Testimony and grammatical evidentials


Unlike other sources of evidence like perception and memory, testimony is intimately related to natural language. That intimacy cannot be overlooked. In this chapter, I show how cross-linguistic considerations are relevant to the epistemology of testimony. I make my case with declaratives containing grammaticalized evidentials. My discussion has a negative and a positive part. For the negative part, it is argued that some definitions of testimony are mistaken because they do not apply to testimony offered by a declarative containing an evidential. The positive component discusses a new puzzle noted by McCready (2015) that evidentials raise about the justificatory status of testimony-based beliefs.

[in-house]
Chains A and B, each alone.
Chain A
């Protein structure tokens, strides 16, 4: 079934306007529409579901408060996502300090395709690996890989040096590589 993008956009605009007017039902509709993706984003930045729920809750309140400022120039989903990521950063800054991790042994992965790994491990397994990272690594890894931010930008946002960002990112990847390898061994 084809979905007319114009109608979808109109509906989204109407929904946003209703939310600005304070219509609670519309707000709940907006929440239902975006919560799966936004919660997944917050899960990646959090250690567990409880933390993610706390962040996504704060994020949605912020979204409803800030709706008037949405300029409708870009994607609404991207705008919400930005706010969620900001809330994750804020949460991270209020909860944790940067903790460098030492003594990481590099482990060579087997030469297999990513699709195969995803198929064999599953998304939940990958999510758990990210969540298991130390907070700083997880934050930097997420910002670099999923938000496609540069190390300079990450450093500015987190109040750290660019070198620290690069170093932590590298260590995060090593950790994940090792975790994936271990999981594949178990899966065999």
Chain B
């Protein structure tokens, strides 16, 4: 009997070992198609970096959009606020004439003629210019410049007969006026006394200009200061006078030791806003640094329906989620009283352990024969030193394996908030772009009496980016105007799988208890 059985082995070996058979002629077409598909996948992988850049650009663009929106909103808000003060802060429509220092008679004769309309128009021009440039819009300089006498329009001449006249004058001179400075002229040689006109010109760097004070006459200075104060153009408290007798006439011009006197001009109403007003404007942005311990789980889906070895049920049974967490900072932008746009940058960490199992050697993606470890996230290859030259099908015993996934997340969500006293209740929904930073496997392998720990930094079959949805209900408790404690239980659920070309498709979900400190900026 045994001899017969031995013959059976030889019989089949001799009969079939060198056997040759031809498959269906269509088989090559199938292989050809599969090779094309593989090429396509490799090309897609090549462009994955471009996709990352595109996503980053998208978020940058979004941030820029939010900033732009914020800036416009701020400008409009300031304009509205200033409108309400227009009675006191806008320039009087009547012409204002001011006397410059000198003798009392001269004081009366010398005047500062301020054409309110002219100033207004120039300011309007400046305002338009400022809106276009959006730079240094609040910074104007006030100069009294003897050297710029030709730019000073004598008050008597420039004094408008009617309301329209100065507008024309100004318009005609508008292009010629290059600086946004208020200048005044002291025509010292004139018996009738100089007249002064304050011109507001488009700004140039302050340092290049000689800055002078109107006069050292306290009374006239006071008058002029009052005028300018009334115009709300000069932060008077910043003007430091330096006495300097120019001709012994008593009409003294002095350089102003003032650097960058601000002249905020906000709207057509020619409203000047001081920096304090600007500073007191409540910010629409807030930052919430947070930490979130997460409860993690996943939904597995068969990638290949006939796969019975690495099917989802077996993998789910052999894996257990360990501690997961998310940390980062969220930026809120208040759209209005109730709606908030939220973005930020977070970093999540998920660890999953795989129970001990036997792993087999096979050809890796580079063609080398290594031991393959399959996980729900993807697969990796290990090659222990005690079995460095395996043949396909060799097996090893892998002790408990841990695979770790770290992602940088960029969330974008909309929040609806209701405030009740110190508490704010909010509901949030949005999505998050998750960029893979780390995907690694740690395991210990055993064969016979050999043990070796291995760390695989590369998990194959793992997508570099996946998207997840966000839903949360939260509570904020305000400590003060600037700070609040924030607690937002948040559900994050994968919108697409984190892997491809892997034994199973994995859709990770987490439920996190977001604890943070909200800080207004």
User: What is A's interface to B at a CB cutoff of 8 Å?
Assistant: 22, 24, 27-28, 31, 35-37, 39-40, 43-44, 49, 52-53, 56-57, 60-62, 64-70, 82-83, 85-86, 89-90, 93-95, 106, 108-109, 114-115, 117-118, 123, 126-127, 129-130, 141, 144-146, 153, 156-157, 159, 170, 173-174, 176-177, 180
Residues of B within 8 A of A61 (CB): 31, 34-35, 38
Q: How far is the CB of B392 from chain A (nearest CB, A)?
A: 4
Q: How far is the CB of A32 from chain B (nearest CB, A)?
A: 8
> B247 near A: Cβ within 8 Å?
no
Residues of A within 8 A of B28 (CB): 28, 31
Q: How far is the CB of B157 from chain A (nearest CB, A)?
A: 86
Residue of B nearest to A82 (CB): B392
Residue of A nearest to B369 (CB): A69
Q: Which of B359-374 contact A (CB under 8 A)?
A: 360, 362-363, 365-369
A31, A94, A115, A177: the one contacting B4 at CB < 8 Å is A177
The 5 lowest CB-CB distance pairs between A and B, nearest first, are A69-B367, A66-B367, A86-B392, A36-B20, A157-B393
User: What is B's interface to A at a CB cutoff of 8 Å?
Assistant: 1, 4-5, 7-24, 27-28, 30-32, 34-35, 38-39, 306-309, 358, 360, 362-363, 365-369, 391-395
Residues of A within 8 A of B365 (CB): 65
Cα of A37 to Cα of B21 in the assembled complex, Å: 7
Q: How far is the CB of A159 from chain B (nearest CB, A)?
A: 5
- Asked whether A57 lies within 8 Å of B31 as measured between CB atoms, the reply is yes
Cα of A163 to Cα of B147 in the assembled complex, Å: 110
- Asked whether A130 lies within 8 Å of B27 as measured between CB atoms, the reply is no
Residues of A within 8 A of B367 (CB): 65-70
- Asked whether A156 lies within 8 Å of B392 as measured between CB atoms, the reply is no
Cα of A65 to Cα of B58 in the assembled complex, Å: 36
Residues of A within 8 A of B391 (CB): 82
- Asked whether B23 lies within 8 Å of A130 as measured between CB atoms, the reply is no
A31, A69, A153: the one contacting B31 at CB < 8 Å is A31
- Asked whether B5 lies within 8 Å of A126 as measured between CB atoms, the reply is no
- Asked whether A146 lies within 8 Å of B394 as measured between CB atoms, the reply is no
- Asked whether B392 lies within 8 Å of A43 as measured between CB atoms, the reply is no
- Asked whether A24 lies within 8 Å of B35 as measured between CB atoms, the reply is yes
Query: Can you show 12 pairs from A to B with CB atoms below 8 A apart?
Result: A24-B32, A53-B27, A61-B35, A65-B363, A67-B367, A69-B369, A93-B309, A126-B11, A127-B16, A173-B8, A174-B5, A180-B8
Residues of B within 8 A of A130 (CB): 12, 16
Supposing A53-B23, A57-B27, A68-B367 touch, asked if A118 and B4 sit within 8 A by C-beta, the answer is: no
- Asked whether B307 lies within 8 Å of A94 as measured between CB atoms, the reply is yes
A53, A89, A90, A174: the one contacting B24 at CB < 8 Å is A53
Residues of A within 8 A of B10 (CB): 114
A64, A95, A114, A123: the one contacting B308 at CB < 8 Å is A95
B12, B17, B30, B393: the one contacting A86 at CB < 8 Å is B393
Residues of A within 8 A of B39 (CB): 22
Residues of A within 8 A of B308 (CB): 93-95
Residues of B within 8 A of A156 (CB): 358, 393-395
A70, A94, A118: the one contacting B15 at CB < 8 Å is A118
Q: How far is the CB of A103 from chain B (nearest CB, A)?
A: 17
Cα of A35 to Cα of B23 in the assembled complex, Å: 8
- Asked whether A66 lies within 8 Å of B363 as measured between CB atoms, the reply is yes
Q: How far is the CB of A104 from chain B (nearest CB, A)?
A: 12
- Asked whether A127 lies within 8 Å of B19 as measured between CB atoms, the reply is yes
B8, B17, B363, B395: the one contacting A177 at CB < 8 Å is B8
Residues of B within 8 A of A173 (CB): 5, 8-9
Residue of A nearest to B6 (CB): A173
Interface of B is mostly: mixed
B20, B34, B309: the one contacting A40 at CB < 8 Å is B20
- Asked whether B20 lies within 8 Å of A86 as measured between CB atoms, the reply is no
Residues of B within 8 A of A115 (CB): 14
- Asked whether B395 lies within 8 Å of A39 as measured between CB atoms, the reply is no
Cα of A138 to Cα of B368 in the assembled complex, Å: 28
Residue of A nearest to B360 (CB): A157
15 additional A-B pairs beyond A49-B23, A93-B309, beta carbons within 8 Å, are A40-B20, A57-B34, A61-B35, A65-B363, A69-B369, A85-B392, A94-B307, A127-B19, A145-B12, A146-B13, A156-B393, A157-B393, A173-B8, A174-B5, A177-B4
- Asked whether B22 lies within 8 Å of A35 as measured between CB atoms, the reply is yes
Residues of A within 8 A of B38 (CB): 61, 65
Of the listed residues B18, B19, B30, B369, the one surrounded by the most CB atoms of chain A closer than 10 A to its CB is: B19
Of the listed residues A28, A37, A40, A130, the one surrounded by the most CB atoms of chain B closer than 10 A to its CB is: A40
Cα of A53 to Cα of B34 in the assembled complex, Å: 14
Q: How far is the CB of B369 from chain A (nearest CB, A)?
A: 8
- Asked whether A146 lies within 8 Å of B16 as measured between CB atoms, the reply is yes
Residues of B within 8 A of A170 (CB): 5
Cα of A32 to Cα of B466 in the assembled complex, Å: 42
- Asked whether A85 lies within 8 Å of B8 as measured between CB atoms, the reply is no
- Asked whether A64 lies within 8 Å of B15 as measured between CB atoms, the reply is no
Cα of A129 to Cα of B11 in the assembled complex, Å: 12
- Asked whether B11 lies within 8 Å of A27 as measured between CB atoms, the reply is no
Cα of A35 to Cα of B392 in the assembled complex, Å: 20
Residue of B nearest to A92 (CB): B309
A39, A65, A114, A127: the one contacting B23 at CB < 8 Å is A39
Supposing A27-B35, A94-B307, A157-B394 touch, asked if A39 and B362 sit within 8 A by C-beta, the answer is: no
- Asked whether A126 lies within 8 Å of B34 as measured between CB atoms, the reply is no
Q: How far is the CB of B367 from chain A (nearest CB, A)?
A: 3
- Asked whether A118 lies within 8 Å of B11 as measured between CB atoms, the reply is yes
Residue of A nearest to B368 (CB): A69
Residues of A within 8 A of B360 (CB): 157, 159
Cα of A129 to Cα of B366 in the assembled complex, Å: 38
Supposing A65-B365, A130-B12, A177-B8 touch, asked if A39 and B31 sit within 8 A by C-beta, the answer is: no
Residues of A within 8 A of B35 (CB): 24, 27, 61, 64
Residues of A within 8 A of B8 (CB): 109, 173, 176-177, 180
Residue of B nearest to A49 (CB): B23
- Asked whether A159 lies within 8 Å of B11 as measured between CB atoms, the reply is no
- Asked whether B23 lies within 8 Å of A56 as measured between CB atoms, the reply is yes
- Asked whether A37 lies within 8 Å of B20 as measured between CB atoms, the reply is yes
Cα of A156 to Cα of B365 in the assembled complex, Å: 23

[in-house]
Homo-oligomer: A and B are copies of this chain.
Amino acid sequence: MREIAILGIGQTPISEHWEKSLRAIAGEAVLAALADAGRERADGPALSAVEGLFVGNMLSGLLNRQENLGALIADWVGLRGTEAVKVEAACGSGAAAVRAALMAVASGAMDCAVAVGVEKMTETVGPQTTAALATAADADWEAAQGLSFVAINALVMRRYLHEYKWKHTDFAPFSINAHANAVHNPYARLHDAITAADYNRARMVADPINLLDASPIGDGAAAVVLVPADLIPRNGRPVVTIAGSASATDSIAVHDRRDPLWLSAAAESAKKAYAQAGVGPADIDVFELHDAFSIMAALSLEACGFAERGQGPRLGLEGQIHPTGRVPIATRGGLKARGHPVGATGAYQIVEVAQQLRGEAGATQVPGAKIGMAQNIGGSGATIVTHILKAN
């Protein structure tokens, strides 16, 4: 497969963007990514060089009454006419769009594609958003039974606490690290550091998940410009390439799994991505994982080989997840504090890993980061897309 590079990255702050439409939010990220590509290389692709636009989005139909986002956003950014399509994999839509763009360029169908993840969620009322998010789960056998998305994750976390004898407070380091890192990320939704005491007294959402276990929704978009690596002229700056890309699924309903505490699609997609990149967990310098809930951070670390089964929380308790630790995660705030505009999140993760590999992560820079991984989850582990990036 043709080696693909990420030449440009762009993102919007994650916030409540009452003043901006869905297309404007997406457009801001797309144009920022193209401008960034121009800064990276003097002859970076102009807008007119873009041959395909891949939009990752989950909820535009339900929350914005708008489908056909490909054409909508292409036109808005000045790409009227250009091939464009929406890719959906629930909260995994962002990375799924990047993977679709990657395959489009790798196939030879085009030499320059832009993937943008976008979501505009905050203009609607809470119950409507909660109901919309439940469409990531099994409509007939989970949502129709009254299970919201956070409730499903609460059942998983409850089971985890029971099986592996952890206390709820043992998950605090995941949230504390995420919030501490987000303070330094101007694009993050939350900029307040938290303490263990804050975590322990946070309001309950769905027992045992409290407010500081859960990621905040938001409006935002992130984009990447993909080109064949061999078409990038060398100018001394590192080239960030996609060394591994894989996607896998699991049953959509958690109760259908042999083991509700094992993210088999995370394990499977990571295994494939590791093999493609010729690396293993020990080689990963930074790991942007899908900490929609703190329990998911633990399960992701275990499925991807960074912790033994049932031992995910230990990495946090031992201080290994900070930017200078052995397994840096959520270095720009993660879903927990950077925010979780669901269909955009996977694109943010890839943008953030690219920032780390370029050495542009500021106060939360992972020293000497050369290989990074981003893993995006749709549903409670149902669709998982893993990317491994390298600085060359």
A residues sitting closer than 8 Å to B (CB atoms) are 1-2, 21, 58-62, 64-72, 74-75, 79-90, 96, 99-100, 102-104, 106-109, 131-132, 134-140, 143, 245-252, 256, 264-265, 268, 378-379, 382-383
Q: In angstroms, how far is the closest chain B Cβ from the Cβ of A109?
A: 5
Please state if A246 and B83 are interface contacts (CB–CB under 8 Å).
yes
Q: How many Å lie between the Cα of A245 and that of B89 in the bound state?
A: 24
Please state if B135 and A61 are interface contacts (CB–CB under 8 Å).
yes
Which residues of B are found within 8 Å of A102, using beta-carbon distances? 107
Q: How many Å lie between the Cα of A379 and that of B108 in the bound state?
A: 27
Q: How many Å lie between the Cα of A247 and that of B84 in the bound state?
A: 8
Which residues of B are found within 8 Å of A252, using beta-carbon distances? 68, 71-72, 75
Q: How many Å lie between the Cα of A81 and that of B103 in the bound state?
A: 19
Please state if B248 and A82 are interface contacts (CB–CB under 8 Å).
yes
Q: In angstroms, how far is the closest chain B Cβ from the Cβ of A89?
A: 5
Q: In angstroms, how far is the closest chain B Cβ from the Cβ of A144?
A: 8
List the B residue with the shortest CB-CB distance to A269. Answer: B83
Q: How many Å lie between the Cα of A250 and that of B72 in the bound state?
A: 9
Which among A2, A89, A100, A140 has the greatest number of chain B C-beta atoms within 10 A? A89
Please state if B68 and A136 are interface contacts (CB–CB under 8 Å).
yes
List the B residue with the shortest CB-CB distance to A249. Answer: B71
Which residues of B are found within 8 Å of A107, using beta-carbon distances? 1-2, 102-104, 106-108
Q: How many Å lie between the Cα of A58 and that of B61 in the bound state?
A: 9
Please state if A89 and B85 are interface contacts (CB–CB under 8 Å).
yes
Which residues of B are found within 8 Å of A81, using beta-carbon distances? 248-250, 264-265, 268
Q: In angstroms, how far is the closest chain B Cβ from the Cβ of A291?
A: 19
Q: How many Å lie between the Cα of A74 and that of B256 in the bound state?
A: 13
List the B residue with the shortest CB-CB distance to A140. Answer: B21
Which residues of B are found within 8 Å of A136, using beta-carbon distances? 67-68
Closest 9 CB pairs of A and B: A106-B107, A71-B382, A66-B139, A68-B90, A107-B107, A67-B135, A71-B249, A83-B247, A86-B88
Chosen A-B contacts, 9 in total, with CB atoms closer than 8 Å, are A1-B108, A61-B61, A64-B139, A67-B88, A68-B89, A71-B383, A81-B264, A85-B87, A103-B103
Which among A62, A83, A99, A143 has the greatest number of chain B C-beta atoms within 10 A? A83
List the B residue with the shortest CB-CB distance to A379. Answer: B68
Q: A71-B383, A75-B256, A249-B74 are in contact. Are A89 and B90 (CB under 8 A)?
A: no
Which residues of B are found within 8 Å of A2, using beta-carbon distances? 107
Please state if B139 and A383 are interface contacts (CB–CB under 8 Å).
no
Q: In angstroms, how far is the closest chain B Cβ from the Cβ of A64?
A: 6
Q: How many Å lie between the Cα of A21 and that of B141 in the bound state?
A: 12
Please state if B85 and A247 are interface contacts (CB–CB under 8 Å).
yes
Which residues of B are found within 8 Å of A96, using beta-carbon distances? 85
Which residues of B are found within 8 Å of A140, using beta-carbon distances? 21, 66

Routledge Handbook of Social Epistemology
Peter van Elswyk
Assistant Professor of Philosophy